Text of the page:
This included a strong demand for recovered paper to supply the tissue sector as people – somewhat inexplicably – rushed to the supermarkets for toilet paper. As a working from home culture set in, a shortage of office grade paper supplies meant some mills began to turn to used newspaper for feedstock, forcing up the prices for the struggling print industry.
Meanwhile, the value of used cardboard rapidly increased through April as demand for packaging remained high, namely through home deliveries while supply from high street retailers halted. This also led to an increase in the price of mixed papers used within the production of cardboard, which is good news for local authorities and waste collectors. However, this remains a worrying prospect for mills unable to function with low volumes of stock over a prolonged period.
Despite a production slump in the automotive sector, the aluminium cans industry has remained relatively stable throughout the lockdown period, following ongoing demand. 2019 was a record-breaking year for recycling of aluminium packaging in the UK, with a record 116,670 tonnes recycled, including 76% of all beverage cans sold.
Commercial collections of glass saw a significant fall early in the UK’s lockdown period as pubs and restaurants closed. This was quickly followed by a boost in glass from household collections, driven by home cooking and a surge in alcohol sales at the shops. This has had implications across the supply chain as demand for high-quality glass cullet, typically sourced from the hospitality sector, has remained high, driving some manufacturers to switch to virgin materials. Meanwhile, there has been a collapse in demand for lower quality glass used for aggregate, a type usually collected through mixed collections at the kerbside.
Recycled PET achieved double the value of virgin PET towards the end of 2019 as demand grew for companies to use recycled plastics in their products, prompted partially by companies’ commitment to the New Plastics Economy. Then as Covid-19 took hold in April, the price of crude oil dropped to below zero for the first time. This had a knock-on effect on the plastics industry, dragging down the cost of virgin plastics even further.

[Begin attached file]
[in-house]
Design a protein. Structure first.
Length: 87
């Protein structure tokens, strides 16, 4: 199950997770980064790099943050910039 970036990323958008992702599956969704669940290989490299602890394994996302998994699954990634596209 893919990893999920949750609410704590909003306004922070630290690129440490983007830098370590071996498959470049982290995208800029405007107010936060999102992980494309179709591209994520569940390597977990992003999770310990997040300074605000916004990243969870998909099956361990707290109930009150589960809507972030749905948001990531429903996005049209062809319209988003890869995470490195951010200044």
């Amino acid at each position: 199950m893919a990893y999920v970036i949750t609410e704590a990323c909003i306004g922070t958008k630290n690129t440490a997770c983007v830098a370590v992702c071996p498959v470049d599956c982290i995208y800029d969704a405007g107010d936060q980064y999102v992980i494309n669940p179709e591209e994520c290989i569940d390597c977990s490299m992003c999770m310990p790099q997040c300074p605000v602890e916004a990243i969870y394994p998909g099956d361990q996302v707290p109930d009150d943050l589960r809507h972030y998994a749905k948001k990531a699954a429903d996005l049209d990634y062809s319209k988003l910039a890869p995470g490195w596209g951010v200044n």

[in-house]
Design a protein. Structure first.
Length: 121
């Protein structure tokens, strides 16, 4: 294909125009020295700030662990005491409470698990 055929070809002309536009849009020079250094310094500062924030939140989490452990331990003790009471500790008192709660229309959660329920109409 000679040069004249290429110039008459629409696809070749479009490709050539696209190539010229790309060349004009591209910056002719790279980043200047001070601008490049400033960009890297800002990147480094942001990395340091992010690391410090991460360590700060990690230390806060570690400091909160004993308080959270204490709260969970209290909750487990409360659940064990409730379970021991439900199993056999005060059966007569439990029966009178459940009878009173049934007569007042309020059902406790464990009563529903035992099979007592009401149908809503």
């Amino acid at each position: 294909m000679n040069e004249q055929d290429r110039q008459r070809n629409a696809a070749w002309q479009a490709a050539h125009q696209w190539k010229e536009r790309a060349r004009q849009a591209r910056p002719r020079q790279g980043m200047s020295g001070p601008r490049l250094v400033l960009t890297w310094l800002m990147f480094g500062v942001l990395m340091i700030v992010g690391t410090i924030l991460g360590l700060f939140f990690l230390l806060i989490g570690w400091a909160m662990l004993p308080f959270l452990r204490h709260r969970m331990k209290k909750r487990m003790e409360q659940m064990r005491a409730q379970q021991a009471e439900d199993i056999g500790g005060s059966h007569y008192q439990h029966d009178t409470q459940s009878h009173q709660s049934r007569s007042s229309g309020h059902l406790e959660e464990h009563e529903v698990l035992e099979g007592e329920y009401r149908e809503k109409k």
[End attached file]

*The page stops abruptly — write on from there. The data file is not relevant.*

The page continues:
There are fears that, despite their earlier enthusiasm, manufacturers could switch to the much cheaper virgin materials. This shift may be amplified by increased hygiene fears around Covid-19, which has led to both an expressed view that single-use plastics provide the greatest safety for consumers, as well as a loosening or delaying of restrictions on these products. However, there is hope that the introduction of the government’s plastics packaging tax from April 2022 will provide enough economic incentive for businesses to retain at least 30% recycled content within their products.
Export markets for used clothing closed, through either the direct banning of imports by countries such as Kenya – for fear that textiles could potentially transmit the virus – or through indirect impacts of lockdown measures hindering the onward-selling of stock. As such, the mid-price value for textiles dropped from £130 per tonne in March to just £30 in April and is expected to fall further as charity shops reopen to a surge of donations from householders following lockdown. The Textile Recycling Association has warned that collection operations may remain on hold due to the excessive volumes of stock and lack of a market. Severe strain on the sector may divert many items to energy from waste, while gate fees could be introduced for materials collected from textile banks.
Unsurprisingly, with the closure of HWRCs and restrictions to bulky waste collections, the movement of WEEE through the sector has stalled. Forecasts suggest national recycling targets will not be met as individual schemes across the UK, dealing with their own specialist items, could be slow to restart. There have however been reports that social distancing and controlled flows of traffic through HWRCs have allowed for better monitoring and separation of WEEE items on site.
In short, it looks like volatility is the ‘new normal’ for materials markets for the foreseeable future, and we may need to adapt quickly. But with EPR legislation around the corner and increasing demand for higher quality recyclate from manufacturers, there is hope that momentum around #BuildBackBetter will embrace the waste and recycling sector. And that ultimately, circularity will define the ‘new normal’ we are all striving for.